This qualitative study sought to address the problem of lower enrollment of students from Jones High School in Orlando, Florida than is desired by the University of Central Florida (UCF). The university has new developments in the community near Jones High School and this dissertation in practice seeks to develop recruitment practices to increase enrollment of this population. Alumni from Jones High School who currently attend UCF were selected for a qualitative study including a survey and interview to examine the phenomenological experiences regarding their decision to enroll and the path of enrollment they selected. Multiple paths of enrollment exist for this population which includes entering directly from high school, transferring from other institutions, as well as a guaranteed admission program from local state colleges called Direct Connect. This qualitative study revealed that the Direct Connect program is the most common path of entry for participants followed by those enrolling from high school. Experiences that influenced decisions to enroll at UCF included convenience factors such as location, the ease of enrolling through the Direct Connect program, and the financial savings associated with a public university and the state colleges. It was also revealed that deficiencies existed in UCF's current recruitment presence on the campus of Jones High School as compared to other institutions of higher education making a more lasting impact. Implications for future practice were offered to encourage existing paths of enrollment and increased UCF recruitment presence on the Jones campus.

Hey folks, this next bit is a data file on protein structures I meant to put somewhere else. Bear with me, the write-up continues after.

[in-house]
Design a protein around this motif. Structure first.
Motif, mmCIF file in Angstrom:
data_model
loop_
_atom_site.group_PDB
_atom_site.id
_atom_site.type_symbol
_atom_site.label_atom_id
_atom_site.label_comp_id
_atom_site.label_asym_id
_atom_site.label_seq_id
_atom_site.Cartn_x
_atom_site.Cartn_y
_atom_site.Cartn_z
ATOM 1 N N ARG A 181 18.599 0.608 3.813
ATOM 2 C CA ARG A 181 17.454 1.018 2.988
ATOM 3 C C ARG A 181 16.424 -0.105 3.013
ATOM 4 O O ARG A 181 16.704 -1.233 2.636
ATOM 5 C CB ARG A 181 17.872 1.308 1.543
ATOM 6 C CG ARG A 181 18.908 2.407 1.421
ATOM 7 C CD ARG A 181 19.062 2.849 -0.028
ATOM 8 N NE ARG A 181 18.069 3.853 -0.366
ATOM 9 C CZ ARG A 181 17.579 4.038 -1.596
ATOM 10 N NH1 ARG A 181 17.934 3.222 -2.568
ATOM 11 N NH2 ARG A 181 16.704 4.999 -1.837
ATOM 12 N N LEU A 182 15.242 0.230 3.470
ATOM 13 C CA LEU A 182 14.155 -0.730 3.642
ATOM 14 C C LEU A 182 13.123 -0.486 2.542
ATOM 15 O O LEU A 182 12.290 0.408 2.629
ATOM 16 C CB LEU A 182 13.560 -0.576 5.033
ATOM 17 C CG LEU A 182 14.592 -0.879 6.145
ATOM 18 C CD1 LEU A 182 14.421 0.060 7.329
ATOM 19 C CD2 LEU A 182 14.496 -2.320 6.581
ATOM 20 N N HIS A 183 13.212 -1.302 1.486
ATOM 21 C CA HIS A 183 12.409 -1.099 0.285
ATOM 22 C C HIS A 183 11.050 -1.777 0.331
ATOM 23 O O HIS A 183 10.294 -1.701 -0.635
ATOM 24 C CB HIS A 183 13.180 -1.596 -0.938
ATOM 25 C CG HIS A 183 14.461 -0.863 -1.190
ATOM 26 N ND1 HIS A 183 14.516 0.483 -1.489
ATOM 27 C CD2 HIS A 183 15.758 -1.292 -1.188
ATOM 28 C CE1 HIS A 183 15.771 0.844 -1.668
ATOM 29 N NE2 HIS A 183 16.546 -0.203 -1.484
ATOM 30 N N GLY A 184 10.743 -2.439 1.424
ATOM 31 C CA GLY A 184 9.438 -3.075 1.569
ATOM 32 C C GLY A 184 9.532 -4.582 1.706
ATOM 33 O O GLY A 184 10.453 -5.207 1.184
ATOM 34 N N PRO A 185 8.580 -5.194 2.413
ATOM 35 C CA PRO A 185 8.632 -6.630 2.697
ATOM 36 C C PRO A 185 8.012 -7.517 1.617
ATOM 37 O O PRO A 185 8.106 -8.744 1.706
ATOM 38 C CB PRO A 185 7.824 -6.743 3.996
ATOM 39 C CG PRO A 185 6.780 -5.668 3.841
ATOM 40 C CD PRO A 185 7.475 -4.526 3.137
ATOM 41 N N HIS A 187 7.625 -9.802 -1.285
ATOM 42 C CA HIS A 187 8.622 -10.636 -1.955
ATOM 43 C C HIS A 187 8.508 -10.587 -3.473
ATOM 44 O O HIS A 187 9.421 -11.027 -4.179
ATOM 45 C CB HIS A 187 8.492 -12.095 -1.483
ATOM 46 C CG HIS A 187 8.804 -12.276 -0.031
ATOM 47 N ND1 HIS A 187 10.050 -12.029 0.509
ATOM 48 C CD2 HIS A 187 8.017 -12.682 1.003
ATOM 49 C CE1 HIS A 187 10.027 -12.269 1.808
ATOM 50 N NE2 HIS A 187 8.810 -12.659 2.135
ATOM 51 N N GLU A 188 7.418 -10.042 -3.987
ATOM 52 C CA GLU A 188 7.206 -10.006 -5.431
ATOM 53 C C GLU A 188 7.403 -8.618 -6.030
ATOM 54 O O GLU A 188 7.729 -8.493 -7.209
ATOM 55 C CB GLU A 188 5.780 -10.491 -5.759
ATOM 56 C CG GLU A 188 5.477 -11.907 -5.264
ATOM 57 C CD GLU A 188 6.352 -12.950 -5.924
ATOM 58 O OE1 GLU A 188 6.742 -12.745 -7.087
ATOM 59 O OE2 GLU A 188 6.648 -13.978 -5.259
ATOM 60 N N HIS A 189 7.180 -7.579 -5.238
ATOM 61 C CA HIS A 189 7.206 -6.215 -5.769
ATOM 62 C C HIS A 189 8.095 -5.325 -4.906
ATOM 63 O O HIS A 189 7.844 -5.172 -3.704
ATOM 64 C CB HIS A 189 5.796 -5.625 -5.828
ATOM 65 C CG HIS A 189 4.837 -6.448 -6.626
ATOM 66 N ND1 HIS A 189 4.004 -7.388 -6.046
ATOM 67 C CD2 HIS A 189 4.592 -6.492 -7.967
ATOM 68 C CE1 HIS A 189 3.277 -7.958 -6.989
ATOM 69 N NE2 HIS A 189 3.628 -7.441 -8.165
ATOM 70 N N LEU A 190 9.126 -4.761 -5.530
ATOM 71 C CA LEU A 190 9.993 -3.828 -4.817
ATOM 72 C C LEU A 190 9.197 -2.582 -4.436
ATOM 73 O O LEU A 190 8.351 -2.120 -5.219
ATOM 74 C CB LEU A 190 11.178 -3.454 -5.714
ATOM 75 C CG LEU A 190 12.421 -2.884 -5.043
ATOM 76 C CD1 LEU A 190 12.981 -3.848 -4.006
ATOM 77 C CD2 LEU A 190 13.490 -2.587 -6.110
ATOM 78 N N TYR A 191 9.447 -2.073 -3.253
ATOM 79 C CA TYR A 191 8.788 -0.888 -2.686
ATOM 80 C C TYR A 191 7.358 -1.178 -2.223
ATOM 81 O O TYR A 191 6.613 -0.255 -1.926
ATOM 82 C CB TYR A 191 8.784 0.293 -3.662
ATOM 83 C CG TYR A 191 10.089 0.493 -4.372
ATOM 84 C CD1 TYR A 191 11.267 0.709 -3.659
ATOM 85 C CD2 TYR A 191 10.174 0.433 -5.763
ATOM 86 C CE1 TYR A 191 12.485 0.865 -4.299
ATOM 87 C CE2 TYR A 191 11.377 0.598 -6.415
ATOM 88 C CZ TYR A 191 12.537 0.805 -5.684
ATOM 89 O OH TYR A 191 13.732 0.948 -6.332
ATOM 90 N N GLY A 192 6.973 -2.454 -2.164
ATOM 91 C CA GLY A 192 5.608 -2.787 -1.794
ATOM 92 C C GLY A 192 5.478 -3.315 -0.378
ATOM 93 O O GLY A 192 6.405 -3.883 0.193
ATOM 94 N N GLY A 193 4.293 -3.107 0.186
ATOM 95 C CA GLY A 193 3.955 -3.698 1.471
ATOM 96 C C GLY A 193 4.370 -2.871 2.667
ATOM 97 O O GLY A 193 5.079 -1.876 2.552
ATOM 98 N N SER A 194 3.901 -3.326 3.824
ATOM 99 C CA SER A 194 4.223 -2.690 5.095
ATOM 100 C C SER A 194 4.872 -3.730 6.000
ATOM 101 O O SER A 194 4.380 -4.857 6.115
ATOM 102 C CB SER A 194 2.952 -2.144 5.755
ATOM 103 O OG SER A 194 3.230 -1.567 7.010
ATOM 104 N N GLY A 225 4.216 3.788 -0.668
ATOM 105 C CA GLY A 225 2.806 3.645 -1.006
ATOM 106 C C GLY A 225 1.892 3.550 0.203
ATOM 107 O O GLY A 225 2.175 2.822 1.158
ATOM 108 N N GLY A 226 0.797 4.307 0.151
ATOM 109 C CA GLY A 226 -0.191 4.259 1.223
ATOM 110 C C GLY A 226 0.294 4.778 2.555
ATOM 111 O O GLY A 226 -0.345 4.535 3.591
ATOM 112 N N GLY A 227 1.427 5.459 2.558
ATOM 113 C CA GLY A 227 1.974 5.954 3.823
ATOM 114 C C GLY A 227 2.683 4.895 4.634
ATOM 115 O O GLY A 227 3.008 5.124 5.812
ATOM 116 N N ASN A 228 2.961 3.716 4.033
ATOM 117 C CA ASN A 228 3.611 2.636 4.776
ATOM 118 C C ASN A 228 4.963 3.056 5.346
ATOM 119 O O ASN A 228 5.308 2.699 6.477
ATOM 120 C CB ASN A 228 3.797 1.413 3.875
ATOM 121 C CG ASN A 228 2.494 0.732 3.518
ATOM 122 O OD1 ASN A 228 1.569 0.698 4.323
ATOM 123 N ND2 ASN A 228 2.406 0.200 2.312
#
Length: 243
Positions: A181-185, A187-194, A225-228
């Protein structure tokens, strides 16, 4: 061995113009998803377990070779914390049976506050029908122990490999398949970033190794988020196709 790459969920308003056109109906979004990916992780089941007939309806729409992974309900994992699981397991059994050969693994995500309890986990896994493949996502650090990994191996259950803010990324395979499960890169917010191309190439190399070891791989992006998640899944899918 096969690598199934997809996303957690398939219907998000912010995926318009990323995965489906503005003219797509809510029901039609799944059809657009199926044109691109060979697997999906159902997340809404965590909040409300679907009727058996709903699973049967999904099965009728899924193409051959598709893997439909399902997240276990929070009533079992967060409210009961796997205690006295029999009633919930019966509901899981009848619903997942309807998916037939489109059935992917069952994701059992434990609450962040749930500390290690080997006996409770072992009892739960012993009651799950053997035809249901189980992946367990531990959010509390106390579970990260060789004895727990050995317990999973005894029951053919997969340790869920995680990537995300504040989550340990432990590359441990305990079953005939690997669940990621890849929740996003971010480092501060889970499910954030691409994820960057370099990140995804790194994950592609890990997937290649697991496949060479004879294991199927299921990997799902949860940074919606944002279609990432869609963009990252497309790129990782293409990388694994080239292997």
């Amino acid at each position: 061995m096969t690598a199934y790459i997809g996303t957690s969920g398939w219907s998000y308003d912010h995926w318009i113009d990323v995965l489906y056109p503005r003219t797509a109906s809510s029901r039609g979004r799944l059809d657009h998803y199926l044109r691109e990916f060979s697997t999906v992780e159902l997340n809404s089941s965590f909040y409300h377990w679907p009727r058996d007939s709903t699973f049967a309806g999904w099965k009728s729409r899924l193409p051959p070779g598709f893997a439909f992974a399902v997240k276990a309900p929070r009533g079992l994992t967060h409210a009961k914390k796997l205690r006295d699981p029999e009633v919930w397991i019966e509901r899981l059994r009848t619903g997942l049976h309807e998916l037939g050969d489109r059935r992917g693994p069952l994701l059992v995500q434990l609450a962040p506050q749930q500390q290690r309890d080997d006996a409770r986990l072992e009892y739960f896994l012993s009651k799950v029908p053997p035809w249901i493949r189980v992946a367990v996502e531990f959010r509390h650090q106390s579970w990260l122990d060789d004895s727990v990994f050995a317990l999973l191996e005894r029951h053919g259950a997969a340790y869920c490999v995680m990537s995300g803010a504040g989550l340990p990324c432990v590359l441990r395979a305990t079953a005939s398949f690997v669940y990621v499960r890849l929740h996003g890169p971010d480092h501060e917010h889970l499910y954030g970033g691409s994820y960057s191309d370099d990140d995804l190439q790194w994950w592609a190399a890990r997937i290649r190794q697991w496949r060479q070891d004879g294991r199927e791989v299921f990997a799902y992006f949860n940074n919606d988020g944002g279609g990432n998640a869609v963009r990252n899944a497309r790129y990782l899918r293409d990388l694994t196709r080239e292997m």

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Cox, Dr. Thomas
Doctor of Education (Ed.D.)
College of Education and Human Performance
Teaching, Learning and Leadership
Length of Campus-only Access
Doctoral Dissertation (Open Access)
Wyenberg, Colin, "Fostering paths of enrollment from an urban high school to a large, public university" (2016). Electronic Theses and Dissertations. 5049.